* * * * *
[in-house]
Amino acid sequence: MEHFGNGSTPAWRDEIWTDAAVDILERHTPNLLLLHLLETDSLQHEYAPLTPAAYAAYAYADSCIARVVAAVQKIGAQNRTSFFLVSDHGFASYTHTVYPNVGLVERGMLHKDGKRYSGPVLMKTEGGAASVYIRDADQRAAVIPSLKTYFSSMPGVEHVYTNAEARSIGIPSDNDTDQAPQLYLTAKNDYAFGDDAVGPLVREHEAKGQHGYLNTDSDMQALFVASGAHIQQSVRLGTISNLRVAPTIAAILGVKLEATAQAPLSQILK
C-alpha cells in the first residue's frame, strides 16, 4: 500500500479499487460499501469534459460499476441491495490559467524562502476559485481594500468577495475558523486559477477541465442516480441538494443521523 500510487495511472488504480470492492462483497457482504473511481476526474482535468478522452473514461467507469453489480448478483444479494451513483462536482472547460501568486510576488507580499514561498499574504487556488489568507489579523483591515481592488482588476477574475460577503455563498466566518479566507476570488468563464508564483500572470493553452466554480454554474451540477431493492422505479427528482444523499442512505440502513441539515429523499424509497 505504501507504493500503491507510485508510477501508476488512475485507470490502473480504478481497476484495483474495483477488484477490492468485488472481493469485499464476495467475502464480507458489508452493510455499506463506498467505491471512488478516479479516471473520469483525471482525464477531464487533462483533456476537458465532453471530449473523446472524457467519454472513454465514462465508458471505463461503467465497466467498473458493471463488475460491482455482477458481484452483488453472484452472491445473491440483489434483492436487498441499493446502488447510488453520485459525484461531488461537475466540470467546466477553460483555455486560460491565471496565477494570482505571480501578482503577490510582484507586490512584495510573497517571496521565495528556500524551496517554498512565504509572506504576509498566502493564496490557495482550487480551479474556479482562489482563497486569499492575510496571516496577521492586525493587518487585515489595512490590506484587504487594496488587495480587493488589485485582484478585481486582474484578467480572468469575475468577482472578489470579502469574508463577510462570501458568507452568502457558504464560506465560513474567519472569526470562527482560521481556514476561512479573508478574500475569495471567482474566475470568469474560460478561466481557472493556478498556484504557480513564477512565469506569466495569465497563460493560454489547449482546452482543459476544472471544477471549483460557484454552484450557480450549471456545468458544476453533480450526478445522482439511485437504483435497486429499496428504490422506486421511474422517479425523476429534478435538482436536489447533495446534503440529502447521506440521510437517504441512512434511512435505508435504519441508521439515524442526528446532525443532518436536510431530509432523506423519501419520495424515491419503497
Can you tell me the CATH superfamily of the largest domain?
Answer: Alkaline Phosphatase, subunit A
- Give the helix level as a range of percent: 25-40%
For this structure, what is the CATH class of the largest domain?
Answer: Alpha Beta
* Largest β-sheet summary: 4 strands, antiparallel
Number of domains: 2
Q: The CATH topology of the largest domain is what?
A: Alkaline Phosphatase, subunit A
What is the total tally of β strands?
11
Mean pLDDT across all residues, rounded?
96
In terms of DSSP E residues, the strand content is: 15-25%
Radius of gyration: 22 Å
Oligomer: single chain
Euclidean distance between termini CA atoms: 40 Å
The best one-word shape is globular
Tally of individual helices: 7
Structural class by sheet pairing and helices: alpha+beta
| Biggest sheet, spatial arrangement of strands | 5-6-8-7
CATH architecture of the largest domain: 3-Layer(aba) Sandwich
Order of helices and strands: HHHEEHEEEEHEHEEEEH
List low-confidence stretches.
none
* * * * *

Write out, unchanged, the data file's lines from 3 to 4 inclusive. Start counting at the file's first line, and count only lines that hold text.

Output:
C-alpha cells in the first residue's frame, strides 16, 4: 500500500479499487460499501469534459460499476441491495490559467524562502476559485481594500468577495475558523486559477477541465442516480441538494443521523 500510487495511472488504480470492492462483497457482504473511481476526474482535468478522452473514461467507469453489480448478483444479494451513483462536482472547460501568486510576488507580499514561498499574504487556488489568507489579523483591515481592488482588476477574475460577503455563498466566518479566507476570488468563464508564483500572470493553452466554480454554474451540477431493492422505479427528482444523499442512505440502513441539515429523499424509497 505504501507504493500503491507510485508510477501508476488512475485507470490502473480504478481497476484495483474495483477488484477490492468485488472481493469485499464476495467475502464480507458489508452493510455499506463506498467505491471512488478516479479516471473520469483525471482525464477531464487533462483533456476537458465532453471530449473523446472524457467519454472513454465514462465508458471505463461503467465497466467498473458493471463488475460491482455482477458481484452483488453472484452472491445473491440483489434483492436487498441499493446502488447510488453520485459525484461531488461537475466540470467546466477553460483555455486560460491565471496565477494570482505571480501578482503577490510582484507586490512584495510573497517571496521565495528556500524551496517554498512565504509572506504576509498566502493564496490557495482550487480551479474556479482562489482563497486569499492575510496571516496577521492586525493587518487585515489595512490590506484587504487594496488587495480587493488589485485582484478585481486582474484578467480572468469575475468577482472578489470579502469574508463577510462570501458568507452568502457558504464560506465560513474567519472569526470562527482560521481556514476561512479573508478574500475569495471567482474566475470568469474560460478561466481557472493556478498556484504557480513564477512565469506569466495569465497563460493560454489547449482546452482543459476544472471544477471549483460557484454552484450557480450549471456545468458544476453533480450526478445522482439511485437504483435497486429499496428504490422506486421511474422517479425523476429534478435538482436536489447533495446534503440529502447521506440521510437517504441512512434511512435505508435504519441508521439515524442526528446532525443532518436536510431530509432523506423519501419520495424515491419503497
Can you tell me the CATH superfamily of the largest domain?